Calzone, Sausage Pizza (1947)

Grant Barrett gbarrett at WORLDNEWYORK.ORG
Tue Sep 25 18:29:43 UTC 2001

On 9/25/01 11:47, "Frank Abate" <abatefr at> wrote:

> Re "pizza pie", as a former Midwesterner, I can report that referring to a
> pizza as a "pie", common in the NYC-area (and elsewhere?  DARE files?)
> struck me as odd when I first heard it.  To me it was never called anything
> but "pizza", and "pizza pie" was only known from the lyrics of the Dean
> Martin song "That's Amore".  One can also ask for a "slice of pie" in NYC,
> which in Ohio/Michigan would mean something with fruit or cream (or
> whatever) in it, not pizza, not ever.

Aren't New Yorkers more likely to ask for just "a slice"? Also, I think "a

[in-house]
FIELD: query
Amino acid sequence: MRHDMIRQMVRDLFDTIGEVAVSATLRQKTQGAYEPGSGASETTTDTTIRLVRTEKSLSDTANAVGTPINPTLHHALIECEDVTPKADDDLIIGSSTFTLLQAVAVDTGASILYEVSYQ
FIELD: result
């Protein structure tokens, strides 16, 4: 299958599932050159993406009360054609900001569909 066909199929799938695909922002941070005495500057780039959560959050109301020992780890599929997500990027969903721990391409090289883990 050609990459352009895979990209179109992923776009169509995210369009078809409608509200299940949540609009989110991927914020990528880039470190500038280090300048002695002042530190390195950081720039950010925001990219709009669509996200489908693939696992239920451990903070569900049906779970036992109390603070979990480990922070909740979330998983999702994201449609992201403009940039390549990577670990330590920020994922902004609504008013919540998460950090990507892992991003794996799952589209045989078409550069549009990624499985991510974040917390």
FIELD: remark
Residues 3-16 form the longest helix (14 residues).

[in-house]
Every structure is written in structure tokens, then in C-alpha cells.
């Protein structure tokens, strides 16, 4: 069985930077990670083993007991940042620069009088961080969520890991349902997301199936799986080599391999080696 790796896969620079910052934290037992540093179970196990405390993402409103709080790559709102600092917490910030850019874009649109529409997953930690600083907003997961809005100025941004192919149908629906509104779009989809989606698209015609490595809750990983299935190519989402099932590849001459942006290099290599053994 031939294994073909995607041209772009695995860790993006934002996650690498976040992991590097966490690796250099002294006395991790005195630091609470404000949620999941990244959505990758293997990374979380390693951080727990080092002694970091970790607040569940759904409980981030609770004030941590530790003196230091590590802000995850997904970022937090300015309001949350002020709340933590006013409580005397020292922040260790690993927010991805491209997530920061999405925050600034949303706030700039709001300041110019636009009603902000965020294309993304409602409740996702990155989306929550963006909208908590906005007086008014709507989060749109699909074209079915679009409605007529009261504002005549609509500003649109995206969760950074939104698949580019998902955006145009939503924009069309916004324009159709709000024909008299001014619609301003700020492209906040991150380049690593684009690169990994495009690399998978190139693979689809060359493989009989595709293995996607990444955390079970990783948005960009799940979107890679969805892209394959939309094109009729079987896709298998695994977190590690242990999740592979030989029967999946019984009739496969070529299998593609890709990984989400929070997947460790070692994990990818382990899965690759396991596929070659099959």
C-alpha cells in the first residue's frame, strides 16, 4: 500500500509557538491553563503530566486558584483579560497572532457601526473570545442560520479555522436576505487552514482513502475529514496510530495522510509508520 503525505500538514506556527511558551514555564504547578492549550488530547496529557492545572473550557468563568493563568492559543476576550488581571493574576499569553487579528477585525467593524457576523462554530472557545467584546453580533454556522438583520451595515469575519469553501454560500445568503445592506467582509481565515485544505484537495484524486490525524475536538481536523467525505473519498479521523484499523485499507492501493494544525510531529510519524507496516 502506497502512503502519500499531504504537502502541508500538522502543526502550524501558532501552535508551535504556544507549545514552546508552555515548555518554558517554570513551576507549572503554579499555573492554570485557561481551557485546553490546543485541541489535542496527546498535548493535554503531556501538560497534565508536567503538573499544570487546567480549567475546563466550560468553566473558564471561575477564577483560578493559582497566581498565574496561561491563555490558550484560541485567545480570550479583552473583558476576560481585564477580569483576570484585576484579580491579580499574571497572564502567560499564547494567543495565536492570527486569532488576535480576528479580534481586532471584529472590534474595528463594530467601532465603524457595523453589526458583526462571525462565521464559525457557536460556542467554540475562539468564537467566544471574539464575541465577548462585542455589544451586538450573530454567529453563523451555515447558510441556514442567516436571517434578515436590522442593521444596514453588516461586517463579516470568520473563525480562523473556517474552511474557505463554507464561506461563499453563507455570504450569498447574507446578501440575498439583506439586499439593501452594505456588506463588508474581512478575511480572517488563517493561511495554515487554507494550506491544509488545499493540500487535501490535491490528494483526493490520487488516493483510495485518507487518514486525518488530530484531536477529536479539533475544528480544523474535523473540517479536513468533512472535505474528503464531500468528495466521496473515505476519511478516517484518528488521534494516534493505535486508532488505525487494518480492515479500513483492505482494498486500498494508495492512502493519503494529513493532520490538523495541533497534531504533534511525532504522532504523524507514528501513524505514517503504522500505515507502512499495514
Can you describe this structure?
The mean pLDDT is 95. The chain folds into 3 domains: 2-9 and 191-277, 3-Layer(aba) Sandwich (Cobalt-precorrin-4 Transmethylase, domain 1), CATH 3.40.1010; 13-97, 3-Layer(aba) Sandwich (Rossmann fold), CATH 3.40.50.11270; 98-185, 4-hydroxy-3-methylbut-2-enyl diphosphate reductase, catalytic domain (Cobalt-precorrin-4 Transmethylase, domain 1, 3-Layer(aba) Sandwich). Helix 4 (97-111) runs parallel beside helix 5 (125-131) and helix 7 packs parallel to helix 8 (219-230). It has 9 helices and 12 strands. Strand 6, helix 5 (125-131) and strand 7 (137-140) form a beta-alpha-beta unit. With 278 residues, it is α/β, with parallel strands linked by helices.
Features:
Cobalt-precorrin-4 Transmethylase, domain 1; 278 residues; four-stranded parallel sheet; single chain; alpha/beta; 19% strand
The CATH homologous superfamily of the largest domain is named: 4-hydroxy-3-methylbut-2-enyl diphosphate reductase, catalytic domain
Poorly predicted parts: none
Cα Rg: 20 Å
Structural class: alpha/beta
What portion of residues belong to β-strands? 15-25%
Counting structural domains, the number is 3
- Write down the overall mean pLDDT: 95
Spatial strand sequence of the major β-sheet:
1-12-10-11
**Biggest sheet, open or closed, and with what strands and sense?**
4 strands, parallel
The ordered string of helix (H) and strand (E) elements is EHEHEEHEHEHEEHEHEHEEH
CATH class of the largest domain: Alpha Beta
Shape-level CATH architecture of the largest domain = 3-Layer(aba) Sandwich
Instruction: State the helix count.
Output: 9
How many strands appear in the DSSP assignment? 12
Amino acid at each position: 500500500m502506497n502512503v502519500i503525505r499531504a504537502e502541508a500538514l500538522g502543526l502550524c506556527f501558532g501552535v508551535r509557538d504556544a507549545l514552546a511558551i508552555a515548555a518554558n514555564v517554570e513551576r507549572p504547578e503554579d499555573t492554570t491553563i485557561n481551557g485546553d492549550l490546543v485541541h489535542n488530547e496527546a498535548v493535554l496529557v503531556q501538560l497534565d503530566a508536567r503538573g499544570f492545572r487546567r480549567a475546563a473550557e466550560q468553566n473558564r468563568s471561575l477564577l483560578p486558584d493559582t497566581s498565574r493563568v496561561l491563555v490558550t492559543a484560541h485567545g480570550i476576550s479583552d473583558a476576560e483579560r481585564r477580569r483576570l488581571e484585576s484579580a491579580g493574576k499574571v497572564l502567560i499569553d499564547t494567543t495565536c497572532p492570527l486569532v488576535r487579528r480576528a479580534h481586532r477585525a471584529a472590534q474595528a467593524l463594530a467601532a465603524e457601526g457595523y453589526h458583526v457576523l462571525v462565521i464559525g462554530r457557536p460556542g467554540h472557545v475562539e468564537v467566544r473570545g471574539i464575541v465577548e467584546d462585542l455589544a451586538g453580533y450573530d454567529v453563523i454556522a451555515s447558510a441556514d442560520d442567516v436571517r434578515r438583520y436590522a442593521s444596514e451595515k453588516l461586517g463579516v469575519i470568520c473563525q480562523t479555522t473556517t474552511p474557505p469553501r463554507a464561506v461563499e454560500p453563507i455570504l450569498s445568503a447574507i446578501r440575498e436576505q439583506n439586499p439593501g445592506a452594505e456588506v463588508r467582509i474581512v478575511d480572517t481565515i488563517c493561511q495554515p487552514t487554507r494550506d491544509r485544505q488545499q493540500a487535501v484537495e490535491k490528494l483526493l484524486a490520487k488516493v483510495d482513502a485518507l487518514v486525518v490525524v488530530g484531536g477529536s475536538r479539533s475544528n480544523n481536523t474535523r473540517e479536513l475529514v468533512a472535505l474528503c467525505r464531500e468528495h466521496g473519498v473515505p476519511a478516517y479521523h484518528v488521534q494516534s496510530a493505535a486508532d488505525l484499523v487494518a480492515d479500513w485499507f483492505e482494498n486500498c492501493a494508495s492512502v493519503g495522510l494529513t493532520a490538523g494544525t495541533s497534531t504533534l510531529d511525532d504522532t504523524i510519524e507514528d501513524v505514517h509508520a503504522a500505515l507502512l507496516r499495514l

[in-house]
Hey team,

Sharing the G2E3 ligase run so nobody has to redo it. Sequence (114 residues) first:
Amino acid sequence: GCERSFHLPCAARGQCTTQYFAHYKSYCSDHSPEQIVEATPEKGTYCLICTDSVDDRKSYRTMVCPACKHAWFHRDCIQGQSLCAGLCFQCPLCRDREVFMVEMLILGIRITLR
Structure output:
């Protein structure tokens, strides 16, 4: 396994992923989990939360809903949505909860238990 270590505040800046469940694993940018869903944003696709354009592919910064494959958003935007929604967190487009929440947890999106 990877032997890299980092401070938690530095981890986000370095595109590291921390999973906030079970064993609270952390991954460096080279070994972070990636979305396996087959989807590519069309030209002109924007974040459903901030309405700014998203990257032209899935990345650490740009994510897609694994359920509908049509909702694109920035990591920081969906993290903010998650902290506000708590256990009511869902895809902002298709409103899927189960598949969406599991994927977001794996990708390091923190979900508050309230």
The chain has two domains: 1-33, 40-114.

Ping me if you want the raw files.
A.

slice" is usually a plain cheese slice, unless you specify. If you specify,
you're probably not going to say "a slice of the white" for fear of getting
both a slice and a piece of the white pizza (sometimes known as the
three-cheese or four-cheese or just the ricotta). In my early days here, I
was corrected on this several times by pizzamen asking me, in that mildly
exasperated voice, "Whaddyou want? A slice or the three-cheese?"

Finally, there has always seemed to me to be some uncertainty as to what
constitutes a pizza pie. Some might argue that a plain cheese pizza is just
a pizza and not a pie, while Lombardi's clam pie is a pie (and not just a
pizza) because it has layers of other toppings besides sauce and cheese. Is
there some connotation of depth with the word "pie"?


Grant Barrett
gbarrett at
New York Loves You Back

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